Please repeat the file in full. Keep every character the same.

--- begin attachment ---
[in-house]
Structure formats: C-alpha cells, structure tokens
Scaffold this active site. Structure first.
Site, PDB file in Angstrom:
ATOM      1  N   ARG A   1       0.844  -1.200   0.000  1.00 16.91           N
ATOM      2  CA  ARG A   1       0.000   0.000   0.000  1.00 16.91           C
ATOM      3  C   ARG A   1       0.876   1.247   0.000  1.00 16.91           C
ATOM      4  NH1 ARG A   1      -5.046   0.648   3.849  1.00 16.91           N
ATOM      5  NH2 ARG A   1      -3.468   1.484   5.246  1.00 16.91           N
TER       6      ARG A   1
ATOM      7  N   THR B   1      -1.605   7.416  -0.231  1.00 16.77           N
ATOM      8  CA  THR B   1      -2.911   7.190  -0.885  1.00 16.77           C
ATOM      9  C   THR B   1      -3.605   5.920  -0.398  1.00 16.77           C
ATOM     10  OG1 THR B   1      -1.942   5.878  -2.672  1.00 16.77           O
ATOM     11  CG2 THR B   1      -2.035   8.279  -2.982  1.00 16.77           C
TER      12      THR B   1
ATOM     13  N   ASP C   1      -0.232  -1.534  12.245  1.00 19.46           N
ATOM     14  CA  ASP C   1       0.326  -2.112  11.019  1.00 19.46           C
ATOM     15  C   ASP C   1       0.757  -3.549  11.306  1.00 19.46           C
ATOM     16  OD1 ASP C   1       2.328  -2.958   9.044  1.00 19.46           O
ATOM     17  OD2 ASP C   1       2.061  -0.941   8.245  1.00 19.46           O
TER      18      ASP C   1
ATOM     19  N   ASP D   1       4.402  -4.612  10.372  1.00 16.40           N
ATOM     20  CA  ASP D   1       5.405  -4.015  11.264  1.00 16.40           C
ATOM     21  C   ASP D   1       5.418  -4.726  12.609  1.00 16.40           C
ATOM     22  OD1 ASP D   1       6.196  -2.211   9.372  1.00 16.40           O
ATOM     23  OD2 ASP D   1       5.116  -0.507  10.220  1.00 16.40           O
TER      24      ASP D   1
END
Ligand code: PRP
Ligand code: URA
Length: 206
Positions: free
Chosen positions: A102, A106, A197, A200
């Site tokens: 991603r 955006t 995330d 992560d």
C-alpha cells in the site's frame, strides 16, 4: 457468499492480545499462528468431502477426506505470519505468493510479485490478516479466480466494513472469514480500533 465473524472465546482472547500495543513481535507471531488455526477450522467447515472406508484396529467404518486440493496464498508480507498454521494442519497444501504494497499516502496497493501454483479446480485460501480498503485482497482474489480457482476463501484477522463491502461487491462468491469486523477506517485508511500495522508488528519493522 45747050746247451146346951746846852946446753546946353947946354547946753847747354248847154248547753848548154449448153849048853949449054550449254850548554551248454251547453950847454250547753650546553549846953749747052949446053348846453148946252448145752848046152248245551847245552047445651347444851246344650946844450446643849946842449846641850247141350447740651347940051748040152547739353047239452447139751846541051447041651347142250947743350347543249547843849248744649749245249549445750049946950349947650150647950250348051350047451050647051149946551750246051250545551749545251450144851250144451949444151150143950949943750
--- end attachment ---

[in-house]
Structure formats: C-alpha cells, structure tokens
Scaffold this active site. Structure first.
Site, PDB file in Angstrom:
ATOM      1  N   ARG A   1       0.844  -1.200   0.000  1.00 16.91           N
ATOM      2  CA  ARG A   1       0.000   0.000   0.000  1.00 16.91           C
ATOM      3  C   ARG A   1       0.876   1.247   0.000  1.00 16.91           C
ATOM      4  NH1 ARG A   1      -5.046   0.648   3.849  1.00 16.91           N
ATOM      5  NH2 ARG A   1      -3.468   1.484   5.246  1.00 16.91           N
TER       6      ARG A   1
ATOM      7  N   THR B   1      -1.605   7.416  -0.231  1.00 16.77           N
ATOM      8  CA  THR B   1      -2.911   7.190  -0.885  1.00 16.77           C
ATOM      9  C   THR B   1      -3.605   5.920  -0.398  1.00 16.77           C
ATOM     10  OG1 THR B   1      -1.942   5.878  -2.672  1.00 16.77           O
ATOM     11  CG2 THR B   1      -2.035   8.279  -2.982  1.00 16.77           C
TER      12      THR B   1
ATOM     13  N   ASP C   1      -0.232  -1.534  12.245  1.00 19.46           N
ATOM     14  CA  ASP C   1       0.326  -2.112  11.019  1.00 19.46           C
ATOM     15  C   ASP C   1       0.757  -3.549  11.306  1.00 19.46           C
ATOM     16  OD1 ASP C   1       2.328  -2.958   9.044  1.00 19.46           O
ATOM     17  OD2 ASP C   1       2.061  -0.941   8.245  1.00 19.46           O
TER      18      ASP C   1
ATOM     19  N   ASP D   1       4.402  -4.612  10.372  1.00 16.40           N
ATOM     20  CA  ASP D   1       5.405  -4.015  11.264  1.00 16.40           C
ATOM     21  C   ASP D   1       5.418  -4.726  12.609  1.00 16.40           C
ATOM     22  OD1 ASP D   1       6.196  -2.211   9.372  1.00 16.40           O
ATOM     23  OD2 ASP D   1       5.116  -0.507  10.220  1.00 16.40           O
TER      24      ASP D   1
END
Ligand code: PRP
Ligand code: URA
Length: 206
Positions: free
Chosen positions: A102, A106, A197, A200
């Site tokens: 991603r 955006t 995330d 992560d």
C-alpha cells in the site's frame, strides 16, 4: 457468499492480545499462528468431502477426506505470519505468493510479485490478516479466480466494513472469514480500533 465473524472465546482472547500495543513481535507471531488455526477450522467447515472406508484396529467404518486440493496464498508480507498454521494442519497444501504494497499516502496497493501454483479446480485460501480498503485482497482474489480457482476463501484477522463491502461487491462468491469486523477506517485508511500495522508488528519493522 45747050746247451146346951746846852946446753546946353947946354547946753847747354248847154248547753848548154449448153849048853949449054550449254850548554551248454251547453950847454250547753650546553549846953749747052949446053348846453148946252448145752848046152248245551847245552047445651347444851246344650946844450446643849946842449846641850247141350447740651347940051748040152547739353047239452447139751846541051447041651347142250947743350347543249547843849248744649749245249549445750049946950349947650150647950250348051350047451050647051149946551750246051250545551749545251450144851250144451949444151150143950949943750